You can be happy to know that the "Everything you need to know about Reaktor Event Processing" document I've been thinking of writing up will now get written, because I see how much people need it!

    Side note:
    Since the output of reaktor (or any DSP system) is samples at the sample rate, there is no way of measuring what happens "between" samples. For this reason, the lowest measure timing granularity is the sample rate, and events and audio both cannot happen "between" samples.

    Cheers,
    CList
     
  11. ~Pd~

    ~Pd~ NI Product Owner

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    Please and thank you! The relation of midi clock, event rate and sample rate has always been a little hazy to me. Sorry for spreading disinformation and thanks for the thumbnail sketch of the facts in this post.
     
  12. CList

    CList Moderator

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    Part of the problem, I think, is the term "event rate" or "event control rate" used by NI.
    A more accurate term for "Control Rate" would be something like; "Global Event Clock Rate". There's a global event clock that ticks away at a different rate from the sample rate, and it's very useful, but events (and everything else) have their timing locked only to the Sample Rate. In fact, if you think about it, a control rate of 400 and a sample rate of 44100 would mean that the first tick of the event clock would happen *between* samples, but that's not the case, even events triggered by the "Global Event Clock" must have their timing quantized to the Sample Rate!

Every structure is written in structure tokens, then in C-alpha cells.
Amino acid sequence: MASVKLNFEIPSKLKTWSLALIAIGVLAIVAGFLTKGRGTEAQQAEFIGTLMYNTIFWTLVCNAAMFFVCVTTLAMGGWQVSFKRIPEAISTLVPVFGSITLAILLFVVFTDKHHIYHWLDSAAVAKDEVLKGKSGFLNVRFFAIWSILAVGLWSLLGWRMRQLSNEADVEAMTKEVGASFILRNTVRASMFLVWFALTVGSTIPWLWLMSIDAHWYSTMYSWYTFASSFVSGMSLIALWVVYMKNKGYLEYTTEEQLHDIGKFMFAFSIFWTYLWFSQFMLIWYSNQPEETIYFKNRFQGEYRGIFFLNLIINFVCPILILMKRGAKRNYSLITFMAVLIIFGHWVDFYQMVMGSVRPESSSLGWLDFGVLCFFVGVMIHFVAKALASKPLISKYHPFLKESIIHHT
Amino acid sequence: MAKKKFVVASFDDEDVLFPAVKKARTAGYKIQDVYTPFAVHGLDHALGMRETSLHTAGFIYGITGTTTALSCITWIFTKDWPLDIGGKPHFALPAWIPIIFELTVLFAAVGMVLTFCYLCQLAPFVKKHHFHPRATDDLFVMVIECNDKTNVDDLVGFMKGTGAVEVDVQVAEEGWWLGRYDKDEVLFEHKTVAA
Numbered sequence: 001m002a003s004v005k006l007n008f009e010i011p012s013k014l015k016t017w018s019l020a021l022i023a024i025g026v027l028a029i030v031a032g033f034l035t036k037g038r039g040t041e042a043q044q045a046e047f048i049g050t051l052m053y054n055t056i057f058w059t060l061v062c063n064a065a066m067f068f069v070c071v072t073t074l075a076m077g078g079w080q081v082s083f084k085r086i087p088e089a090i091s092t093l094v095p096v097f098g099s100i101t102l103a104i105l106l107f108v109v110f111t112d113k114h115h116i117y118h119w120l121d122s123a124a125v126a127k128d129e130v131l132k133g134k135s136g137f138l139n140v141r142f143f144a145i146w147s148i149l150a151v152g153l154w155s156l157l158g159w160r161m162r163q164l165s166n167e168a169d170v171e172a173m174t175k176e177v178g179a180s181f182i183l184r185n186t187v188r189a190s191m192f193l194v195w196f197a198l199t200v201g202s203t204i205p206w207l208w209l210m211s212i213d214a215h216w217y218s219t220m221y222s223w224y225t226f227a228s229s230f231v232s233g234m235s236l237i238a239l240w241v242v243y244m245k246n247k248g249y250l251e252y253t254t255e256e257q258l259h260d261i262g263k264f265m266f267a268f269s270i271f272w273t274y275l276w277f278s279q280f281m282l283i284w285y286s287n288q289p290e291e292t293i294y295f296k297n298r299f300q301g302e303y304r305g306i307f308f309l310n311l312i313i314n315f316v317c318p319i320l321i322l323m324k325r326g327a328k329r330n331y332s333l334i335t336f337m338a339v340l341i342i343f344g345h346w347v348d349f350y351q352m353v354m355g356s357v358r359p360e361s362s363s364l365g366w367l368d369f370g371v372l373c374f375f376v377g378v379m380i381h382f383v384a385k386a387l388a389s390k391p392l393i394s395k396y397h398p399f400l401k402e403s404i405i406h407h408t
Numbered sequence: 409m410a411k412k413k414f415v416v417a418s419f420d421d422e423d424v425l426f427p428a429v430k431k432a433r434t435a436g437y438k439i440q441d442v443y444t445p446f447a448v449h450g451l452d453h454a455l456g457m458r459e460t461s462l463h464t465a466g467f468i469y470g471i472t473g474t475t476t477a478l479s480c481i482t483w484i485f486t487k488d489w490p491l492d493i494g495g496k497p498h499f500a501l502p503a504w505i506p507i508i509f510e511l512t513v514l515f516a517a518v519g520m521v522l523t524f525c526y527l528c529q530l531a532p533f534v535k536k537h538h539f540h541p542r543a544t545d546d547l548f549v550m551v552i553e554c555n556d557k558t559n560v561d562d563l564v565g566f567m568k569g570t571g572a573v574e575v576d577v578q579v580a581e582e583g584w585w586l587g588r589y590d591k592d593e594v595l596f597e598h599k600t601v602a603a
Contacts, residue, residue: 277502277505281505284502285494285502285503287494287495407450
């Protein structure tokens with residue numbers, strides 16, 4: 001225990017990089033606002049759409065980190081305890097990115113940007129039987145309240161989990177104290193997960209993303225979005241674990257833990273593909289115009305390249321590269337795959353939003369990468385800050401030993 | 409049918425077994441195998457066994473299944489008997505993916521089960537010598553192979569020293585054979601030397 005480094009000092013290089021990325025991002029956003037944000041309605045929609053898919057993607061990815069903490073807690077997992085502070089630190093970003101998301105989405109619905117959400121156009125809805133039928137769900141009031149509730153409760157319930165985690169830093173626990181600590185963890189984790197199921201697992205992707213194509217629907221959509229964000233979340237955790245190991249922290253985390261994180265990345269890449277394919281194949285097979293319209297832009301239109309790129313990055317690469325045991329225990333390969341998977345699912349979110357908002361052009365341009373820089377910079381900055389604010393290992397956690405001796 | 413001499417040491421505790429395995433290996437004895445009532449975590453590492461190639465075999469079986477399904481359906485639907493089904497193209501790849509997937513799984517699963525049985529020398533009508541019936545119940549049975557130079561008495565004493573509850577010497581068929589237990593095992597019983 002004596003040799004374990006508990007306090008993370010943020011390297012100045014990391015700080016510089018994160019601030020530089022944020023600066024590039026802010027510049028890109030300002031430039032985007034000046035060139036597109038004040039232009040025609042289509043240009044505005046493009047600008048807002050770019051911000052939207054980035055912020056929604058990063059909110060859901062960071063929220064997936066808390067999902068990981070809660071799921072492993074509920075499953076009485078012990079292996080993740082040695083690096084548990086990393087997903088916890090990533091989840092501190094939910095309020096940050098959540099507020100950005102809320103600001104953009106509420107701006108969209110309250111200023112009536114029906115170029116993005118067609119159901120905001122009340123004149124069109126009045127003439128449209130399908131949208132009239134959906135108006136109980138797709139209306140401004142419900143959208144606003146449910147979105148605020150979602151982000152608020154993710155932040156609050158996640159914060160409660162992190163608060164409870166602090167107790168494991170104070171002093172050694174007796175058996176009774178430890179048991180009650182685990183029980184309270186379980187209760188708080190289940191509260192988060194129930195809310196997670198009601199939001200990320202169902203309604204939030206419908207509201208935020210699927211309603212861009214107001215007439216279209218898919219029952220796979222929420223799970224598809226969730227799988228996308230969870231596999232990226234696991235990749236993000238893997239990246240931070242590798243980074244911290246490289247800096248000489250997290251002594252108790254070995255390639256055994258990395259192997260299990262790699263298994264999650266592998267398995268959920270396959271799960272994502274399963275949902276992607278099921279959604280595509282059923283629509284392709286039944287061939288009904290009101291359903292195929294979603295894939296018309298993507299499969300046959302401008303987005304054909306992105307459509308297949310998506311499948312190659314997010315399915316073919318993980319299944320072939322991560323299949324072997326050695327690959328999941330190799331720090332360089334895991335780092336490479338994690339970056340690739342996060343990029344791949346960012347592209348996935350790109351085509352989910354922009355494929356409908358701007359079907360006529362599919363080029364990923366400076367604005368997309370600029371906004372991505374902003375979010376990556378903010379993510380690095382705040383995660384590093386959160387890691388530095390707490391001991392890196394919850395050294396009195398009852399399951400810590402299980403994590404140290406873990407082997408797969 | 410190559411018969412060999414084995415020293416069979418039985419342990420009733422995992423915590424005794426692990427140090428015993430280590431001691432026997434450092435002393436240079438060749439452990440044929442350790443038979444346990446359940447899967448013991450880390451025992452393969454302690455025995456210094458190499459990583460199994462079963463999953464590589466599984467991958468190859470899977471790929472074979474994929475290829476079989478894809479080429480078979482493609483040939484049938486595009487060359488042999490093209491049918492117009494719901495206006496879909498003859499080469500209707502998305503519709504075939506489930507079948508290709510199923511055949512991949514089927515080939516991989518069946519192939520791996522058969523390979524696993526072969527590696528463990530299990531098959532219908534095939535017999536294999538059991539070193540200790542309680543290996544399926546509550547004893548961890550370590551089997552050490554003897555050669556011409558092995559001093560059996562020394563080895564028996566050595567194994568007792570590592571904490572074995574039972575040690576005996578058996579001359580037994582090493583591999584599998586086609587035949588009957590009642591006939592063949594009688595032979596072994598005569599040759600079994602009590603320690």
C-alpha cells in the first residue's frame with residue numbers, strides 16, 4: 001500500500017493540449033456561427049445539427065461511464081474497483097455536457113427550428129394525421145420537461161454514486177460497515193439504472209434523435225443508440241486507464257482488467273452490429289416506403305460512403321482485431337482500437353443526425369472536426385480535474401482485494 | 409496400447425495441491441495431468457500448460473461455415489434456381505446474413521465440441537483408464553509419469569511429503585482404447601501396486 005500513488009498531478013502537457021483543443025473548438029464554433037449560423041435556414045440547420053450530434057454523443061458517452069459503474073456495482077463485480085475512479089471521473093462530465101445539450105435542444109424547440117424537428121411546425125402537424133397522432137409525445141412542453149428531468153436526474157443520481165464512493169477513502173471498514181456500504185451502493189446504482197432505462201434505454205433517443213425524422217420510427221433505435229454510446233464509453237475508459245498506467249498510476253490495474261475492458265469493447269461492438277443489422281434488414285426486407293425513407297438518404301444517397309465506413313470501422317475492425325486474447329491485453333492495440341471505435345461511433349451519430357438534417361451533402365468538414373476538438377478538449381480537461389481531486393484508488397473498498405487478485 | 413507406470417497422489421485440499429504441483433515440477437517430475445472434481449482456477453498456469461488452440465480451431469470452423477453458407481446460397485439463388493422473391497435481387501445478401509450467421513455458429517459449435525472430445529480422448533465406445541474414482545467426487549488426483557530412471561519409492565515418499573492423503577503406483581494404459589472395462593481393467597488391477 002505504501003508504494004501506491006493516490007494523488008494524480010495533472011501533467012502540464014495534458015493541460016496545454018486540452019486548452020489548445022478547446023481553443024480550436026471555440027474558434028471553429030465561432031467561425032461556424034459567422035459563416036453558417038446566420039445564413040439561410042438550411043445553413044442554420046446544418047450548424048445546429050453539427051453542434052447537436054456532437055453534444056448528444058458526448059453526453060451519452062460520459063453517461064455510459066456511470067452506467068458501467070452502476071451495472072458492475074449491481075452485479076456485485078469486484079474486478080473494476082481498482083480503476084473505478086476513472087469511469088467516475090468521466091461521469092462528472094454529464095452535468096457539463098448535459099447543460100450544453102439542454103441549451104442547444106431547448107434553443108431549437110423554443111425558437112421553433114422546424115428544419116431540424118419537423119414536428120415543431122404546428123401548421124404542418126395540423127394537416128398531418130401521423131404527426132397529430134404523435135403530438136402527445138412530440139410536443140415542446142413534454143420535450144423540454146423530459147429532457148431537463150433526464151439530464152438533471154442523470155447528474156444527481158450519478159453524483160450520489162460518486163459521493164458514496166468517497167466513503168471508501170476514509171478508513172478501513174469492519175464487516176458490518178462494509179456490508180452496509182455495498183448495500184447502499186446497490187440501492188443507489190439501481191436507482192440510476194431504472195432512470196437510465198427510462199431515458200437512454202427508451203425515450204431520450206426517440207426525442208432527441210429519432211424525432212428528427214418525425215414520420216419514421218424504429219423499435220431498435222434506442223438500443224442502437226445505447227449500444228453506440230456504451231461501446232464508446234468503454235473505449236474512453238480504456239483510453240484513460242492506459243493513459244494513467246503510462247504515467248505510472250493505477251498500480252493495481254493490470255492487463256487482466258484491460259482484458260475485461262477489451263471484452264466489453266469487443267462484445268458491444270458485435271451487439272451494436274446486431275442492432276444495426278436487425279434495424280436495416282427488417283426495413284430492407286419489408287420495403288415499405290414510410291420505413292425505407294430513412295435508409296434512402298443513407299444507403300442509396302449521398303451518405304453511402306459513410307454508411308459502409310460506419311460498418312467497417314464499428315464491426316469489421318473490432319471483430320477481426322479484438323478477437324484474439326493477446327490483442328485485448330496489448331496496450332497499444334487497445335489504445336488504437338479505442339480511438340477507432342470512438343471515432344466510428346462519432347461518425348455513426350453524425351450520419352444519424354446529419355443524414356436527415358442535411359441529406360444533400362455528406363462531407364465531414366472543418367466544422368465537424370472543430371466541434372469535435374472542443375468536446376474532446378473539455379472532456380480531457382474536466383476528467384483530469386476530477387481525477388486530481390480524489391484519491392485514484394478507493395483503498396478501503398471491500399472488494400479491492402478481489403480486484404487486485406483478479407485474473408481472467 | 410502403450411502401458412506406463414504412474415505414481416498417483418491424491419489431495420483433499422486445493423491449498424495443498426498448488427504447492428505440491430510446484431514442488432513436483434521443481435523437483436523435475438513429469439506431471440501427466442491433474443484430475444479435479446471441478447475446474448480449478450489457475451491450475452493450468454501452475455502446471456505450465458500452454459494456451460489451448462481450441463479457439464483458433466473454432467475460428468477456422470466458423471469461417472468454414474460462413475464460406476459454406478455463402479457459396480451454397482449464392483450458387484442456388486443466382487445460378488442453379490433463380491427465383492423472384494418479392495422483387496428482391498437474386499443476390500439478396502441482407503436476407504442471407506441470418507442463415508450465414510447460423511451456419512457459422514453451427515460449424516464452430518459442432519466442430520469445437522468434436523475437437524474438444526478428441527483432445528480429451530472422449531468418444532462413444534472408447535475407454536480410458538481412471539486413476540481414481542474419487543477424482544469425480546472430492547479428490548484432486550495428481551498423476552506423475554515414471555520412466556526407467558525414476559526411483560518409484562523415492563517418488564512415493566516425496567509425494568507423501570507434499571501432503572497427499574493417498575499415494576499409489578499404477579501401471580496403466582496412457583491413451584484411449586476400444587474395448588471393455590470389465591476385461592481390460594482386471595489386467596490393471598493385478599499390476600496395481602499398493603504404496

You can make "lab" ensembles to test this, but it's tricky and is best done using a scope to measure timing.

    Cheers,
    CList
     
  13. CList

    CList Moderator

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    3,299
    See attached ens.
    I increased the control rate to 2400 to make it easier to see.

    The Global event clock is trying to run at 2400Hz, but since it's locked to the sample rate clock and is not divisible evenly into 44100, it shows jittering.

    The top scope shows the Control Rate clock driving a flip-flop. Each time the line goes up or down the control clock is firing an event from the AtoE

    The middle one show the top event being delayed by a single delay. Note how the events don't fall on timing of the control rate clock!

    The third row is an audio-rate flip-flop. This goes up and down in time with the sample rate. Note that this audio flip flop is something that could be done for less CPU in core.

    Cheers,
    CList
     

    Attached Files:

  14. herw

    herw NI Product Owner

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    6,361